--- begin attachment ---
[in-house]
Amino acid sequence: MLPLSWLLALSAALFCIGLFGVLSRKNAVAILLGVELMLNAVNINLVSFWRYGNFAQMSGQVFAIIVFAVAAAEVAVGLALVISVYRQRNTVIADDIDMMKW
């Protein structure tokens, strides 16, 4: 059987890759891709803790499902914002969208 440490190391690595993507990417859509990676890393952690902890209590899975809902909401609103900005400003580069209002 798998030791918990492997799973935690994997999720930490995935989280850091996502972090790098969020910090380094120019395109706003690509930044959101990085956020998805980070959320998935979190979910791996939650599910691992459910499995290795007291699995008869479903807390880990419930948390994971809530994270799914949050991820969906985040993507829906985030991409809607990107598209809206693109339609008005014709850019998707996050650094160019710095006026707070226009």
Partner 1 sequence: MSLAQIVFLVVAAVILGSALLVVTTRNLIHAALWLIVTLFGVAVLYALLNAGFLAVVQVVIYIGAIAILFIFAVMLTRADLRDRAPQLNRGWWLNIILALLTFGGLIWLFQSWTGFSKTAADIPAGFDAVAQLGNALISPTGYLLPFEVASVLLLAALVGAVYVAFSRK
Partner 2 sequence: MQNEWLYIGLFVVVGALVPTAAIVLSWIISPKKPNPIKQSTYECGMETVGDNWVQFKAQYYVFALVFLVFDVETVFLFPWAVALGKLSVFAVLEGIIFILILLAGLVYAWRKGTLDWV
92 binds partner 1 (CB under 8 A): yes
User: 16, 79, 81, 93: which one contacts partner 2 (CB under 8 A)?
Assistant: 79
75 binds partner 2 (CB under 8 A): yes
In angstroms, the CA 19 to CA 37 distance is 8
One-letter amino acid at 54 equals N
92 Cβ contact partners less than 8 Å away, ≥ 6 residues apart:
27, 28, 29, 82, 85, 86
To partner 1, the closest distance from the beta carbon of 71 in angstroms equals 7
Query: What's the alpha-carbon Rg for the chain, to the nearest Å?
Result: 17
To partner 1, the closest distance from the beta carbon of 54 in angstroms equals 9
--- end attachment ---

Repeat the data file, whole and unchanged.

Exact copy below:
[in-house]
Amino acid sequence: MLPLSWLLALSAALFCIGLFGVLSRKNAVAILLGVELMLNAVNINLVSFWRYGNFAQMSGQVFAIIVFAVAAAEVAVGLALVISVYRQRNTVIADDIDMMKW
């Protein structure tokens, strides 16, 4: 059987890759891709803790499902914002969208 440490190391690595993507990417859509990676890393952690902890209590899975809902909401609103900005400003580069209002 798998030791918990492997799973935690994997999720930490995935989280850091996502972090790098969020910090380094120019395109706003690509930044959101990085956020998805980070959320998935979190979910791996939650599910691992459910499995290795007291699995008869479903807390880990419930948390994971809530994270799914949050991820969906985040993507829906985030991409809607990107598209809206693109339609008005014709850019998707996050650094160019710095006026707070226009």
Partner 1 sequence: MSLAQIVFLVVAAVILGSALLVVTTRNLIHAALWLIVTLFGVAVLYALLNAGFLAVVQVVIYIGAIAILFIFAVMLTRADLRDRAPQLNRGWWLNIILALLTFGGLIWLFQSWTGFSKTAADIPAGFDAVAQLGNALISPTGYLLPFEVASVLLLAALVGAVYVAFSRK
Partner 2 sequence: MQNEWLYIGLFVVVGALVPTAAIVLSWIISPKKPNPIKQSTYECGMETVGDNWVQFKAQYYVFALVFLVFDVETVFLFPWAVALGKLSVFAVLEGIIFILILLAGLVYAWRKGTLDWV
92 binds partner 1 (CB under 8 A): yes
User: 16, 79, 81, 93: which one contacts partner 2 (CB under 8 A)?
Assistant: 79
75 binds partner 2 (CB under 8 A): yes
In angstroms, the CA 19 to CA 37 distance is 8
One-letter amino acid at 54 equals N
92 Cβ contact partners less than 8 Å away, ≥ 6 residues apart:
27, 28, 29, 82, 85, 86
To partner 1, the closest distance from the beta carbon of 71 in angstroms equals 7
Query: What's the alpha-carbon Rg for the chain, to the nearest Å?
Result: 17
To partner 1, the closest distance from the beta carbon of 54 in angstroms equals 9